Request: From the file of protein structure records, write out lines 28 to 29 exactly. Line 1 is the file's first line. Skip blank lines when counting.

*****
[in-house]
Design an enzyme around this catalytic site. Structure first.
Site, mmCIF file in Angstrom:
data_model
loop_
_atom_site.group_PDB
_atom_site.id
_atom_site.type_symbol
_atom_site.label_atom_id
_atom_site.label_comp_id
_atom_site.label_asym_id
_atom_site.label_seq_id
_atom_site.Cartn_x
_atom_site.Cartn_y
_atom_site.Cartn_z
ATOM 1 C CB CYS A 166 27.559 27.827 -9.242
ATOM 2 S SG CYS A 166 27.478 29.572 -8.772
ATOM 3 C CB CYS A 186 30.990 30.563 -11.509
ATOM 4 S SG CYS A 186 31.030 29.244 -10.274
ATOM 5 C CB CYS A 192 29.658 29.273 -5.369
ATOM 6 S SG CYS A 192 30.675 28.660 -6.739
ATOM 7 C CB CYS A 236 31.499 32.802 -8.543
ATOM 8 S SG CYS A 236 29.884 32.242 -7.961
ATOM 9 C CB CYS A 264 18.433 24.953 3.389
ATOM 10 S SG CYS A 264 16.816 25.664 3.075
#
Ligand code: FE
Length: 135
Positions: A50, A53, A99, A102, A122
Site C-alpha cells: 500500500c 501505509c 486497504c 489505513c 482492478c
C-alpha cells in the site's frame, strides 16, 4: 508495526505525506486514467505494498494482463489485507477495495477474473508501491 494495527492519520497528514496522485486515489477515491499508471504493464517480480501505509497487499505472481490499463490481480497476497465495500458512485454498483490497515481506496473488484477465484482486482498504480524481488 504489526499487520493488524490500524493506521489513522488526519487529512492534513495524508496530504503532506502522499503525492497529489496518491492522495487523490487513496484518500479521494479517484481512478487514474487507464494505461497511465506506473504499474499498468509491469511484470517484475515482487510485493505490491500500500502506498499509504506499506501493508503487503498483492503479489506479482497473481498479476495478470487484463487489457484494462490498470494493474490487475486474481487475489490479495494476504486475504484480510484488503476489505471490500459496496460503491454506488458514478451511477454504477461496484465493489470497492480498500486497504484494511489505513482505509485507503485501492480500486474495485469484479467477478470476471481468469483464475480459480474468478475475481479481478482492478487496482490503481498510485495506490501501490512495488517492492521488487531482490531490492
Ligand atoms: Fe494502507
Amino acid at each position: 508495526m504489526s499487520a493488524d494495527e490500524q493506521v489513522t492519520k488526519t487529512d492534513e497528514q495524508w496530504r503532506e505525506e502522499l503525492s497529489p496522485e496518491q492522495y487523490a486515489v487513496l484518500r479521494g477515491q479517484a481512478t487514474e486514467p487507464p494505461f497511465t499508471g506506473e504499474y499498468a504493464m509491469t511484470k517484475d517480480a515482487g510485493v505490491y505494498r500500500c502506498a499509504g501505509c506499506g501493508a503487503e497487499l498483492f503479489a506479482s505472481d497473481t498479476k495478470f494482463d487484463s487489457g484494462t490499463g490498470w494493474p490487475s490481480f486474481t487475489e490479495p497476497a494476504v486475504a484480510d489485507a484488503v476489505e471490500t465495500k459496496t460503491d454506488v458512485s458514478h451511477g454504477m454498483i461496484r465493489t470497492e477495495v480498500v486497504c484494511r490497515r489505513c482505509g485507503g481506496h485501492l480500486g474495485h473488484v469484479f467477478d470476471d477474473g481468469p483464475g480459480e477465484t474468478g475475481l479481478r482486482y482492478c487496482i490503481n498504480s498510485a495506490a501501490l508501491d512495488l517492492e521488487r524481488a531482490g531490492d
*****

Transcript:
Length: 135
Positions: A50, A53, A99, A102, A122